Above all else, embrace moderation. You really don’t need your computer every moment of the day. Or your radio. Or the laundry. Or do you? Then maybe you should be in rehab or at a retreat, not writing your book.

I was just thinking…oh, wait…nevermind

There are days I wonder if I’ll ever have a complete thought process again in my lifetime.  Between my own ADD and having three kids with it, it’s not a likely thing

Yup, didn’t even make it through the second sentence.  It’s a wonder I ever get anything written down.  Fuck.


Cranky Pants – yep, that’s me. ‘Tis the season to be jolly and all that, but how the heck am I supposed to be merry when people keep pissing me off?

Someone declared today to be “pay-it-forward’ day. I suppose that in the spirit of things in general I could’ve let the lady cutting in line for kiss-and-ride go in front of me. But I just couldn’t do it. How hard is it to follow the rules and get in line like everyone else?

Here we are, in front of the school where our kids are learning, among other things, how to get in line and cooperate with each other. Yet some of their parents can’t seem to figure out how to behave. It isn’t just kiss-and-ride either.

A few years ago, we attended a strings concert for the Eldest. We got there on time, dropped off a plate of cookies for the reception afterwards, and took our seats. It was a fantastic performance – those kids worked really hard.  After the performance, the director asked that the audience to help gather chairs and put them away. No problem – it’s easy to pitch in and give a hand. Many hands make light work, etc., etc., right?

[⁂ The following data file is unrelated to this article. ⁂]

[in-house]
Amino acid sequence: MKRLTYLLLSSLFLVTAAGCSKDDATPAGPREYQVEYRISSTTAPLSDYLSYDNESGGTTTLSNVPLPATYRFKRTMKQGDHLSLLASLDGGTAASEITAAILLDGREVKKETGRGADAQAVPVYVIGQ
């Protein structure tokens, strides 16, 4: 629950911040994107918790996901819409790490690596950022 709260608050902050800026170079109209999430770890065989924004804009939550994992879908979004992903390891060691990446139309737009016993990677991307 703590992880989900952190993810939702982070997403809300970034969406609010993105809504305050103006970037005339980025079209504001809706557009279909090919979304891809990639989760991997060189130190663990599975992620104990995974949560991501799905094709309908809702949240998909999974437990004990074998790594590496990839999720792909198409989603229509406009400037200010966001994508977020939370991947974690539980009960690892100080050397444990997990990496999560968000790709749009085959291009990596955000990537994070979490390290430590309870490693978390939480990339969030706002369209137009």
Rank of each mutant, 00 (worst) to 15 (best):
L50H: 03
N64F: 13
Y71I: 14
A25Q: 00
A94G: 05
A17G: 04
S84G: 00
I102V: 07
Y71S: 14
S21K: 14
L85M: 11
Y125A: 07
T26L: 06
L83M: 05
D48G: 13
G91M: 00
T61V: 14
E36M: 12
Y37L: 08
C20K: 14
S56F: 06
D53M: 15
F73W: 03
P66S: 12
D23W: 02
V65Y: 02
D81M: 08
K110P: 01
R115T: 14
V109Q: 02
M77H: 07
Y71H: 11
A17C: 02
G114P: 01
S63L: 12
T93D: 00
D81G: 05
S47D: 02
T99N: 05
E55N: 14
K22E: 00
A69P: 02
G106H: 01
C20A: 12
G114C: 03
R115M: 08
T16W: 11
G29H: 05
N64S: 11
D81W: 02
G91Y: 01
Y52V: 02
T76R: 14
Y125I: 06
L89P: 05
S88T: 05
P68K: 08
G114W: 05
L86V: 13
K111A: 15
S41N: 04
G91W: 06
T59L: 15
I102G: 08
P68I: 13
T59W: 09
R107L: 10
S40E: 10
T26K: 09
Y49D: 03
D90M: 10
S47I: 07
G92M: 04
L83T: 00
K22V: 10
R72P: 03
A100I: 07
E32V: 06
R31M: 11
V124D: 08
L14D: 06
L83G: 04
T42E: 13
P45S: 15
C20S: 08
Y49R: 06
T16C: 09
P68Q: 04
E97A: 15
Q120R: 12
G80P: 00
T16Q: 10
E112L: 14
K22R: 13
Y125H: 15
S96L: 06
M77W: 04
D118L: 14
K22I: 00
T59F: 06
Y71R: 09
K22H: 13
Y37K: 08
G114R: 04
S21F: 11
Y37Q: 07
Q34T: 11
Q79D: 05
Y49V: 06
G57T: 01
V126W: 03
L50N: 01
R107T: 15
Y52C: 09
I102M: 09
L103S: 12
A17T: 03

Apparently not. By the time we finished helping put away the chairs and made our way to the cafeteria for the reception, most of the dessert plates had been cleared. We and several other families were shocked to see that we were mostly out of luck. Only a few sad little cookies remained. That wouldn’t have been an issue except for one not-so-tiny problem. Many of the adults and children who had already gone through the line seemed to be either stocking up for the winter or were using the reception food for their own personal cookie plate supply. Several people were walking around with plates overflowing with cookies and other desserts – more than they could reasonably eat that night, much less at the reception. There’s no words to describe how utterly rude their behavior was. I couldn’t believe my eyes. What a terrible example to provide for their kids!

Unsurprisingly, there was no reception after the Spring strings concert. I guess the staff had learned their lesson. Some people can’t be trusted to act politely and share. In this case, several rotten apples spoiled it for the rest of the group. It’s hard to feel charitable in the face of greed – perhaps that’s more the reason I should try harder in the future.